Even if the Angels were to focus on free agent starting pitching and played the upside game at shortstop, the free agent starting pitching class has a lot of question marks. If you told me in 2014 that the Angels would have $70 million to spend and a free agent class of Max Scherzer, Zack Greinke, Clayton Kershaw, and Justin Verlander was coming up, I would be giddy. However, its not 2014. Its 2021. Scherzer is still dominating, but he’s going to be 37. Zack Greinke is still a national icon, but he is going to be 39. Clayton Kershaw has missed the past 2 months with a forearm injury and will be 35. Justin Verlander is recovering from Tommy John at 38 years old. When it comes to spending 20-30 million U.S. dollars on a player, I would much prefer to put that money into a 27 or 28 year old shortstop than one of those aging arms.
Outside of the veteran aces, we have Carlos Rodon, Robbie Ray, Noah Syndergaard, and Kevin Gausman as frontline options. Realistically, I do not think any of these players make it to the market. Rodon and Ray will probably be extended by their teams as they have become top pitchers in the league and both organizations they play for are in a full commitment to make it to a World Series. Syndergaard has had his Tommy John rehab interrupted twice, once due to tightness in his forearm and the second time due to Covid-19. And Kevin Gausman likely returns to the Giants, where he has finally reached his potential and is leading an unexpected playoff push for a well-run organization with cash to spend.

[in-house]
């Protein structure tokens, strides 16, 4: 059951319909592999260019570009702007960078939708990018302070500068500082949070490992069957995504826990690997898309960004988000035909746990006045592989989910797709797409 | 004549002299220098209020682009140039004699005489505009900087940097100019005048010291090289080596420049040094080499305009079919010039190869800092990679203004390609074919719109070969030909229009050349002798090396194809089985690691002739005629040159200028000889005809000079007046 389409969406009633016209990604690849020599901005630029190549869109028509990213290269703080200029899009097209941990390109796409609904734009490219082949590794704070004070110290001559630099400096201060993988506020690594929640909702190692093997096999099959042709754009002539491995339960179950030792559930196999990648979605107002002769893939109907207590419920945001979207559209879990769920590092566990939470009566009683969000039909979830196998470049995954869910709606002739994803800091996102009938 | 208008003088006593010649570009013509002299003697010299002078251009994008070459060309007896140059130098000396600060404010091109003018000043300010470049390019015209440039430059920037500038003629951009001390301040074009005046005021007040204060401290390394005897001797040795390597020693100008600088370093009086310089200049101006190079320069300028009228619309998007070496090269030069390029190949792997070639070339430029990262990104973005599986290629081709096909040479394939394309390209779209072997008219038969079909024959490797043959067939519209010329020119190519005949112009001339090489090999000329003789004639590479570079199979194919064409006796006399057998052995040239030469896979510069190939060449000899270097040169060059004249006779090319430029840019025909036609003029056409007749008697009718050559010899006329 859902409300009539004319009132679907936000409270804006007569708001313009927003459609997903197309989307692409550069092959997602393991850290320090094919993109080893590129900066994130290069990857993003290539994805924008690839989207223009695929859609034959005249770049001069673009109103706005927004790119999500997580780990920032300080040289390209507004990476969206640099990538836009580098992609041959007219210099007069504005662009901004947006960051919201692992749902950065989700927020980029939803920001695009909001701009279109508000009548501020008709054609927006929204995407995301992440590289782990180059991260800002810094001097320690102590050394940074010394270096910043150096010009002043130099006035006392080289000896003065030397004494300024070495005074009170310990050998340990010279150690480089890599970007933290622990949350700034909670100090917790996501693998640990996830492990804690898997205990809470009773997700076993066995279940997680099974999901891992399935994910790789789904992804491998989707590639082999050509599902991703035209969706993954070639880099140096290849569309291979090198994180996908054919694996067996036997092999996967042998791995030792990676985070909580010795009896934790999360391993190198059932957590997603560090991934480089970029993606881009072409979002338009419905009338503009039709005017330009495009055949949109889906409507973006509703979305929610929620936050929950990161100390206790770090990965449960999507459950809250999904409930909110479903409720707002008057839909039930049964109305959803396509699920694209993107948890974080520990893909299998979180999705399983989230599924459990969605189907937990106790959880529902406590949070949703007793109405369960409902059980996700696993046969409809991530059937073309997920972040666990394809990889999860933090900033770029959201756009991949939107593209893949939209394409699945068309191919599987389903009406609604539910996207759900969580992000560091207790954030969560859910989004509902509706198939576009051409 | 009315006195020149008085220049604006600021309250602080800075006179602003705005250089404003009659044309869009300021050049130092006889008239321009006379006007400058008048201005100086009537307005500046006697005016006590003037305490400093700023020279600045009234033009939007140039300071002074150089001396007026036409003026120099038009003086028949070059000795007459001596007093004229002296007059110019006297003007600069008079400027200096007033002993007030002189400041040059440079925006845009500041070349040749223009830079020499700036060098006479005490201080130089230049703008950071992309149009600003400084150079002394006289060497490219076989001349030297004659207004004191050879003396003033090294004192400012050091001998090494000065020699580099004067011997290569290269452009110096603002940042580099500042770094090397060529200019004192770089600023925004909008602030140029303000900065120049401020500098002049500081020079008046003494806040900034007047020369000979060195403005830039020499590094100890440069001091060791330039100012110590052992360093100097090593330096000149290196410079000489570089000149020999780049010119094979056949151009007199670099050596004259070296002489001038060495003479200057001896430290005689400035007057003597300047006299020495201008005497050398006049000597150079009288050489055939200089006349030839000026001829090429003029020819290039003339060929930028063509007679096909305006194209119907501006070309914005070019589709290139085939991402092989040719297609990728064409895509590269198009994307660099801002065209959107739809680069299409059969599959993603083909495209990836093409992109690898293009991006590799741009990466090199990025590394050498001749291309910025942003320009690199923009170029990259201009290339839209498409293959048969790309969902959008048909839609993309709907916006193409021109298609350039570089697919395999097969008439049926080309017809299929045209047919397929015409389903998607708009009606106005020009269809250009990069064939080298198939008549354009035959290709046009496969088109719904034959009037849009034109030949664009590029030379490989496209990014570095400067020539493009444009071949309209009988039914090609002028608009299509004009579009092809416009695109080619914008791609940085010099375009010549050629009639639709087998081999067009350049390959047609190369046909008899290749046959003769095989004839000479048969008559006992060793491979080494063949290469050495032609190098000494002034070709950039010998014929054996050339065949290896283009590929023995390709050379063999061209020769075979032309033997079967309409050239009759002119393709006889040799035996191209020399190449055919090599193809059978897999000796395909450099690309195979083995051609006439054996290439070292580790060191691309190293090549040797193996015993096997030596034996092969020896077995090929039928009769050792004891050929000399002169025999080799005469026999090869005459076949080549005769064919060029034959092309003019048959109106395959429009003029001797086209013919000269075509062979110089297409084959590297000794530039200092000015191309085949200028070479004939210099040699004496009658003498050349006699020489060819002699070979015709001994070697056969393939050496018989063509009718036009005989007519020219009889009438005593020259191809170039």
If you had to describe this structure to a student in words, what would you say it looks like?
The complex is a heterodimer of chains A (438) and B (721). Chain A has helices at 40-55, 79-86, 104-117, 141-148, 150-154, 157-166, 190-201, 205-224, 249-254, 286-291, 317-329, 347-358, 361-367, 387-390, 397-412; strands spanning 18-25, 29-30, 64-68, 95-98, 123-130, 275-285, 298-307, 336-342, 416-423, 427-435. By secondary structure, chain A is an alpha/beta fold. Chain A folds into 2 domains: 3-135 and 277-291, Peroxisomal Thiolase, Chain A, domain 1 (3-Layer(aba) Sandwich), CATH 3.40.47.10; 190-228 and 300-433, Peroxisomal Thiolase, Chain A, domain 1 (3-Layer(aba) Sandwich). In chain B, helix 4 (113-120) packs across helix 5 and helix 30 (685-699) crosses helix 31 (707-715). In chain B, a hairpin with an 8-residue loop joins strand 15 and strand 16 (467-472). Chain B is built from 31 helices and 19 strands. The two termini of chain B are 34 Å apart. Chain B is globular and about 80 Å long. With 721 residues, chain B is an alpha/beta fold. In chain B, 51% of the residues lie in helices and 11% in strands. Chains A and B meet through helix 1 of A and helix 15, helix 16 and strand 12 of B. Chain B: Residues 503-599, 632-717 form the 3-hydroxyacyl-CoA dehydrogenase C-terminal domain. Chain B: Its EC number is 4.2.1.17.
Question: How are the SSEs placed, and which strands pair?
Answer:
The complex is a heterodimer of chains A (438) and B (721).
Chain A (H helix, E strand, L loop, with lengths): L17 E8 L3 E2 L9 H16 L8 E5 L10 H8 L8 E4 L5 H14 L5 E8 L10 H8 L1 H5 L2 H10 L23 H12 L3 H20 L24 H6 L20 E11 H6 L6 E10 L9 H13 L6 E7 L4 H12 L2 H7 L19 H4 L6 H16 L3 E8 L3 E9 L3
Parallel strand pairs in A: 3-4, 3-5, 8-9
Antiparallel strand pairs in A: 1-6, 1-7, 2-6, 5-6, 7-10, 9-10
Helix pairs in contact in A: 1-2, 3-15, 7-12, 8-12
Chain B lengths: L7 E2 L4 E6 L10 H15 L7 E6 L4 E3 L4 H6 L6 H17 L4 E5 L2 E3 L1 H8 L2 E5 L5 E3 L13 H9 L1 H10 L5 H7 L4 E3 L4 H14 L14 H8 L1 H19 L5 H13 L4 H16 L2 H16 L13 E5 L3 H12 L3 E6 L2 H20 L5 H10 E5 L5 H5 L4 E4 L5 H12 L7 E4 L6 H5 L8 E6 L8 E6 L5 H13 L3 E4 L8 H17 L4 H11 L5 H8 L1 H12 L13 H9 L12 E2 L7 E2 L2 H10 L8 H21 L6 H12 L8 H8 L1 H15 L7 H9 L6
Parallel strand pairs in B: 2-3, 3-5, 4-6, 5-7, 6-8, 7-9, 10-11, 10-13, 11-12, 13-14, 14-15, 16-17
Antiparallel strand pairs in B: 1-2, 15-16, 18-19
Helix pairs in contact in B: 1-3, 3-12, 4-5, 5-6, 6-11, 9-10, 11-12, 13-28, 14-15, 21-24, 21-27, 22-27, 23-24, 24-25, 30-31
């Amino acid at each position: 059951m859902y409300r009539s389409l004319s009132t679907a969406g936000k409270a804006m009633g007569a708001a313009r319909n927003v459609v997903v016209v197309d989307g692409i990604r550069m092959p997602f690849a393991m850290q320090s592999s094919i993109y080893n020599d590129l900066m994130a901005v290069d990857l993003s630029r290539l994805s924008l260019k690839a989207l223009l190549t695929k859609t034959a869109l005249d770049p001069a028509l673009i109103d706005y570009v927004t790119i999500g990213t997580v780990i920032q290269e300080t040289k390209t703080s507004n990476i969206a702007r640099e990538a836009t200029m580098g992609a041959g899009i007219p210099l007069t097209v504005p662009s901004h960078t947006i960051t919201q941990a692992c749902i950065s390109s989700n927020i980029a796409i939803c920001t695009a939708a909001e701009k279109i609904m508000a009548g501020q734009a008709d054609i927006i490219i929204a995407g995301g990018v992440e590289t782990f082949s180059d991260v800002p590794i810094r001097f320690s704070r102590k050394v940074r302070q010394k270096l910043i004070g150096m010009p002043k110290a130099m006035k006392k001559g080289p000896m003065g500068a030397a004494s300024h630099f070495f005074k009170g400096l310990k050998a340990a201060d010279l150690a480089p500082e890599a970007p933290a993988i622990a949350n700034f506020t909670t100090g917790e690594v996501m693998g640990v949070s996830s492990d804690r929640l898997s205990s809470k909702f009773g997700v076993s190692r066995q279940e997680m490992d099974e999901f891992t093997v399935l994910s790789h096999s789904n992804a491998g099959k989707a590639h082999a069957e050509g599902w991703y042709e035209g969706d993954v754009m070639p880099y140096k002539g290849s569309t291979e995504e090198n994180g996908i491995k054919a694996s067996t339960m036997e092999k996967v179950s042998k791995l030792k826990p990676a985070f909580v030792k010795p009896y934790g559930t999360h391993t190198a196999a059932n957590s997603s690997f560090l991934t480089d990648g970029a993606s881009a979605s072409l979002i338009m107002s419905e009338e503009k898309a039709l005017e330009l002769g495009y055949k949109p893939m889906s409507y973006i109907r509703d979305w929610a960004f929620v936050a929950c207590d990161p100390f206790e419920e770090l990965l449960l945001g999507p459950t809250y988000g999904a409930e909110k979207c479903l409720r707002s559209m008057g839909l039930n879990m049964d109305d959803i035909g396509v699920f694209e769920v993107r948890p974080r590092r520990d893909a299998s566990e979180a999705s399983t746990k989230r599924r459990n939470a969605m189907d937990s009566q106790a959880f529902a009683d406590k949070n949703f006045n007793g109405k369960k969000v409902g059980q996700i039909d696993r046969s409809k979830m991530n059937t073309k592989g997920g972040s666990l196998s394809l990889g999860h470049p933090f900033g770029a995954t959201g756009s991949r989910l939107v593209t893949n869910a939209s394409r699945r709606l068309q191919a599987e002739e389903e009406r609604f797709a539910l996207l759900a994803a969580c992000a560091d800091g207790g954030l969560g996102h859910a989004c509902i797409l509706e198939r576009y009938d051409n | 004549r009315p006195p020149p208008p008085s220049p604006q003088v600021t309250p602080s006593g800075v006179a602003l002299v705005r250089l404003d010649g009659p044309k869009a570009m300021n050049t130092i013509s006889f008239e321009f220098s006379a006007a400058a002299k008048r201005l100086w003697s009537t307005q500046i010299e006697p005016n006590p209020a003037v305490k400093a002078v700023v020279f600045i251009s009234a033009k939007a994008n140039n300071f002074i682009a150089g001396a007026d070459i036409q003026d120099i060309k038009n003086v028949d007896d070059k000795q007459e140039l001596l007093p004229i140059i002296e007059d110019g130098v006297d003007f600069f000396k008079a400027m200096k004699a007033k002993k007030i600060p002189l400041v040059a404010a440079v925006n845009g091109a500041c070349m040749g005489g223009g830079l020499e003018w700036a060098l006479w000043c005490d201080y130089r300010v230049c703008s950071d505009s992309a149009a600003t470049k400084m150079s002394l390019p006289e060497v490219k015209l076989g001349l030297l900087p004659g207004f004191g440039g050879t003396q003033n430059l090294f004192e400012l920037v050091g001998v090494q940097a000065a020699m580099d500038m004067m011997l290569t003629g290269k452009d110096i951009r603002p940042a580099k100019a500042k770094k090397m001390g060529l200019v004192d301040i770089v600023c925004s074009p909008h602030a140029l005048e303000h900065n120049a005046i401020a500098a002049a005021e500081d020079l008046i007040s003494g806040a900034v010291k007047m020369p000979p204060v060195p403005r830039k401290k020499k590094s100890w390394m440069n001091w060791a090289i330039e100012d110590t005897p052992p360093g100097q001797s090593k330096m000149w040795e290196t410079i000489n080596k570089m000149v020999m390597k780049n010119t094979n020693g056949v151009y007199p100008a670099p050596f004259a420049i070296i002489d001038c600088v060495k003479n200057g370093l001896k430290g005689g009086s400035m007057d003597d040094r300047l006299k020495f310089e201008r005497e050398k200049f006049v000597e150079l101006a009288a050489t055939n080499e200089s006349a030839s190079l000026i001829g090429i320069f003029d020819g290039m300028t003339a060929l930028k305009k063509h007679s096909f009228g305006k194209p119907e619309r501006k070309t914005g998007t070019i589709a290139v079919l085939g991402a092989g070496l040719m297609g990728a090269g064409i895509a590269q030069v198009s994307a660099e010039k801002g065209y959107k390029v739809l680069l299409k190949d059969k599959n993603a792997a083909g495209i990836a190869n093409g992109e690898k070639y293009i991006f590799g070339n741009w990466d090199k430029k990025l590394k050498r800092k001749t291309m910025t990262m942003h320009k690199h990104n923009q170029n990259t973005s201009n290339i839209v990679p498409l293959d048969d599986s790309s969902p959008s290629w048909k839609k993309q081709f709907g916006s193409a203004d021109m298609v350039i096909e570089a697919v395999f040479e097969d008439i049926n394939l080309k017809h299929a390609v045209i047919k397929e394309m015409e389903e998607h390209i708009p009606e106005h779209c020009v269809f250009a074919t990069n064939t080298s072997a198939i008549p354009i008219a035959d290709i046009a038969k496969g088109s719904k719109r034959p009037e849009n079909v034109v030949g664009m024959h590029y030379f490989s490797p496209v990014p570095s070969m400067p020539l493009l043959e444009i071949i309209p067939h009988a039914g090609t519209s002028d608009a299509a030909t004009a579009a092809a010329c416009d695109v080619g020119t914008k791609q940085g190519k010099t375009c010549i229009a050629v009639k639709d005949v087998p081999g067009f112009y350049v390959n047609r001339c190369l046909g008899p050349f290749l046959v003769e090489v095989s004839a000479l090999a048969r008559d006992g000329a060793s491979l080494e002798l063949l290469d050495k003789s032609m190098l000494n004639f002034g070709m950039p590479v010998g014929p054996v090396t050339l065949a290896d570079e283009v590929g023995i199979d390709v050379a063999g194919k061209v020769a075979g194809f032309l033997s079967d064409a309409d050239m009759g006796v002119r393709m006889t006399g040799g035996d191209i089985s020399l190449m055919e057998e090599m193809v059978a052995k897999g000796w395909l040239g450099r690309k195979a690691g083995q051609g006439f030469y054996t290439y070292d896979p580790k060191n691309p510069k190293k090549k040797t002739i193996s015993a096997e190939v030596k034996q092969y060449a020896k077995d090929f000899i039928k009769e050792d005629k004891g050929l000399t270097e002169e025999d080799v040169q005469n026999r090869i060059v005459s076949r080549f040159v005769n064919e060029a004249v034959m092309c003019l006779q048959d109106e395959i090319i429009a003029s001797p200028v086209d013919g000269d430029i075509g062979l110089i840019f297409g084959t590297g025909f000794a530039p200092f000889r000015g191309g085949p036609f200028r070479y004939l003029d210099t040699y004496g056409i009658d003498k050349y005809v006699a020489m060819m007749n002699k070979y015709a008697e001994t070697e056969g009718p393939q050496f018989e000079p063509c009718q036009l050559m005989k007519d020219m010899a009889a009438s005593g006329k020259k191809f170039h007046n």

The Angels could potentially bring back Alex Cobb, who has been a pleasant surprise this season. However, between his time on the injury list this season and his turning 35 years old in the next season adds to concerns of his durability. The tier of pitching the Angels might be able to afford and land a few golden eggs would be Eduardo Rodriguez, Steven Matz, Marcus Stroman, Jon Gray, and Anthony DeSclafani, but as I mentioned before, this is not the best place for the Angels to be. They have had horrible success with trying to get the most out of upside plays, and while I like the names in this list I would be concerned if the Angels came away with just this tier of pitcher.
So, with all that said, I am not opposed to keeping Brandon Marsh. I actually would love if he stayed. But with the organization in a weird spot going into this free agent market and a desperate need for a controllable frontline arm, Brandon Marsh might have to be the necessary sacrifice to deliver this team, and Mike Trout, to a real chance at the playoffs. However, there are not an extremely high amount of fits for the Angels to deal a player of Marsh’s quality. Here are a few trade ideas I have had for Brandon Marsh that helps the Angels and their trade partner.
Forgetting Brandon Marsh…all